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Local Elections : Walnut Campaigns Show Much Civility, Little Disagreement


WALNUT — In an election devoid of mudslinging and negative advertisements, each of the five candidates for City Council is politely trying to carve out his identity.

That may be hard to do. All the candidates--Mayor Drexel Smith, Greg Arakelian, Dr. William Choctaw, Bernard (Joe) Margowsky and Dave Weigand--say they want to control residential development, preserve the equestrian atmosphere of Walnut and bring more businesses to the city. At a candidates' forum last month, there weren't any heated arguments, and the five often echoed each others' positions.

"There aren't really any killer issues," Weigand said recently.

In fact, the only controversy that surfaced was in the form of a press release mailed to local newspapers by Arakelian's campaign manager disputing Choctaw's claims that Mt. San Antonio College's bookstore is the largest generator of sales tax revenue in the city.

Candidates prefer to quietly emphasize their differences. Mayor Smith, who is seeking a third term, said that after the election, at least three council members will have less than a year of experience and the city would need someone with his extensive background.

"I'm the only candidate that really has the . . . experience," Smith said. Smith, an executive with Wyle Laboratories, a high-technology research firm, has been on the council since 1982 and served as planning commissioner from 1979-82. His fellow council members have elected him mayor three times.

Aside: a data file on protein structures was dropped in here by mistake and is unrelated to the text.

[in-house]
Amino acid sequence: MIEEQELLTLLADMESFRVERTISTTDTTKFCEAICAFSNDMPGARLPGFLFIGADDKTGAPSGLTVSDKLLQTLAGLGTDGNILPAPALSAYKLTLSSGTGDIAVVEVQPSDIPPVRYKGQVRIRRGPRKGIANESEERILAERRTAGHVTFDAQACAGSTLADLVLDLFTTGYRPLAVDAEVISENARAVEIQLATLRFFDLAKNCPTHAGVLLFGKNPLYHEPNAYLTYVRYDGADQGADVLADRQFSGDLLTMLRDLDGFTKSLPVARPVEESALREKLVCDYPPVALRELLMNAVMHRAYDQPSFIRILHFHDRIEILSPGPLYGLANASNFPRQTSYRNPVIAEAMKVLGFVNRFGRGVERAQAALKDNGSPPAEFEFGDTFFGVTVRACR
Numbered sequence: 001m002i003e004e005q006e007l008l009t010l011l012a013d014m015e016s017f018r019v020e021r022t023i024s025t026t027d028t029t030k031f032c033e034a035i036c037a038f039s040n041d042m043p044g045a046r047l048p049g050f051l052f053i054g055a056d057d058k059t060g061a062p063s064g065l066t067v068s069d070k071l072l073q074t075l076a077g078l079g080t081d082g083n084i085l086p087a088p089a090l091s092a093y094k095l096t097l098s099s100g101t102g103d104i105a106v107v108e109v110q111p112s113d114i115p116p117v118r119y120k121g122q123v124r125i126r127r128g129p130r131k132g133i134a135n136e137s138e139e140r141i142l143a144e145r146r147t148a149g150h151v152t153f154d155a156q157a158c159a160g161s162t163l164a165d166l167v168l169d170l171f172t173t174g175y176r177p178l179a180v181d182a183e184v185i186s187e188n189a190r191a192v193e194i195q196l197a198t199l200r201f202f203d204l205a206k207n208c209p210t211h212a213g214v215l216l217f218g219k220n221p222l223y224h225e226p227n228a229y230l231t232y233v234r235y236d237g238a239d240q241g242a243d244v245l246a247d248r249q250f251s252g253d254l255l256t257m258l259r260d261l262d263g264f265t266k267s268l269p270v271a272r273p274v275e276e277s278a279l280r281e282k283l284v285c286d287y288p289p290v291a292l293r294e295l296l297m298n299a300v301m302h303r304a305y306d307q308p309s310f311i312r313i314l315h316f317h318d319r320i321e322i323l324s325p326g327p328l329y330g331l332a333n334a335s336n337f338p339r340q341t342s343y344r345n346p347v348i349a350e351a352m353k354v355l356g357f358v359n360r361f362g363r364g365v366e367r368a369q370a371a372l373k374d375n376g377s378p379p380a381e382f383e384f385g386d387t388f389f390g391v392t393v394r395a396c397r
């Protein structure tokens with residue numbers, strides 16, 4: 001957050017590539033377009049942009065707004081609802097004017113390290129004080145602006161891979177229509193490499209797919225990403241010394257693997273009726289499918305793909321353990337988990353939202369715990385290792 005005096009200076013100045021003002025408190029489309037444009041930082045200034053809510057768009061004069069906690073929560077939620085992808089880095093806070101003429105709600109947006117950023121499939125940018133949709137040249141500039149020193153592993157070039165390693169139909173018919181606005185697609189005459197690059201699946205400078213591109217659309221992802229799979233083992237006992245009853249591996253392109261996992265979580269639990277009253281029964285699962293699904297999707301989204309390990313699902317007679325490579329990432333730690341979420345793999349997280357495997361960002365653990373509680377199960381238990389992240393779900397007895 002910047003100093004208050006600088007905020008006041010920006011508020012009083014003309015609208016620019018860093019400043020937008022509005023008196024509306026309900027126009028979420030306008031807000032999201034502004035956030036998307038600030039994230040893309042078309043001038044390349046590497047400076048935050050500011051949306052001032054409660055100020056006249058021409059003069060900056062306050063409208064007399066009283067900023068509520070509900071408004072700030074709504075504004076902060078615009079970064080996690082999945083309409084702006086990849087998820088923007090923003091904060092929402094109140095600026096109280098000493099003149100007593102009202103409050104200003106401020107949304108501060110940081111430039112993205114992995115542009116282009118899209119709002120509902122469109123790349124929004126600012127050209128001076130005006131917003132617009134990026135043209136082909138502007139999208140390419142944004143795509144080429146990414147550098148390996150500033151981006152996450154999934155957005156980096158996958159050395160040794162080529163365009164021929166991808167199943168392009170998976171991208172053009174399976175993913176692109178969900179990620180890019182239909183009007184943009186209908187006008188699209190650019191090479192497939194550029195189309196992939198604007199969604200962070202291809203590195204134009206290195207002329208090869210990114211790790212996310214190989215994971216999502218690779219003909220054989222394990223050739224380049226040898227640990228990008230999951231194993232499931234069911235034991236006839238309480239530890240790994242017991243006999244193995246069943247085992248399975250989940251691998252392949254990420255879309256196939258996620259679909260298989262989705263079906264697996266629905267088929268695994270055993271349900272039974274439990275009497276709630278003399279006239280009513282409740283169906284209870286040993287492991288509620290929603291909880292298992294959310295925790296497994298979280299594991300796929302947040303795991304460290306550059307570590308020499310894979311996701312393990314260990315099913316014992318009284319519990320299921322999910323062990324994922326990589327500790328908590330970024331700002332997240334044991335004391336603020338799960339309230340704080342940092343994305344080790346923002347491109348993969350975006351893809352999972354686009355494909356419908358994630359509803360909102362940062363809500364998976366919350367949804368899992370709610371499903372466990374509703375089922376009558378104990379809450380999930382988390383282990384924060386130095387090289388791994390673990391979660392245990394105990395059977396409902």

Arakelian, a partner in an Irvine architectural firm, said his interest in city government began earlier this year when city residents successfully fought a plan to build a chemical storage and distribution plant in Industry, near the Walnut city border. Arakelian participated in a citizens' group that lobbied the Environmental Protection Agency, the South Coast Air Quality Management District and the fire marshal against the proposal.

Choctaw said that because of his experience as planning commissioner, "I'm more qualified that the others are, with the exception of Mayor Smith. Drexel and I are the best candidates for the job. We know what the city needs."

At the candidates' forum, he said Walnut's future economic woes could be solved if a University of California campus were located in the city, possibly near Mt. San Antonio College. He said the largest portion of the city's sales tax revenue comes from Mt. SAC's bookstore, and he supports the concept of a "university park" where resources and facilities would be shared by a number of colleges.

Margowsky, president of Aims Marketing Inc. in San Dimas, said because of his background in business and management, "bottom-line budgeting is something I've had to deal with for a long time."

Margowsky said that if elected, he would exercise greater control over residential development in the city and call for a temporary moratorium on the construction of new homes. He said he has received calls from several homeowners complaining about haphazard development in Walnut that wasn't closely scrutinized while in the planning stages.

Weigand, who works in the maintenance department of the Fullerton Union High School District, said he wants to continue the good work the city has done and would encourage citizens to get involved in volunteer work. He is a member of Walnut's emergency response team, belongs to the Elks Club and is a trustee of the Walnut United Methodist Church.

"I really believe this is a good community," he said. "And I'm a firm believer in community service."

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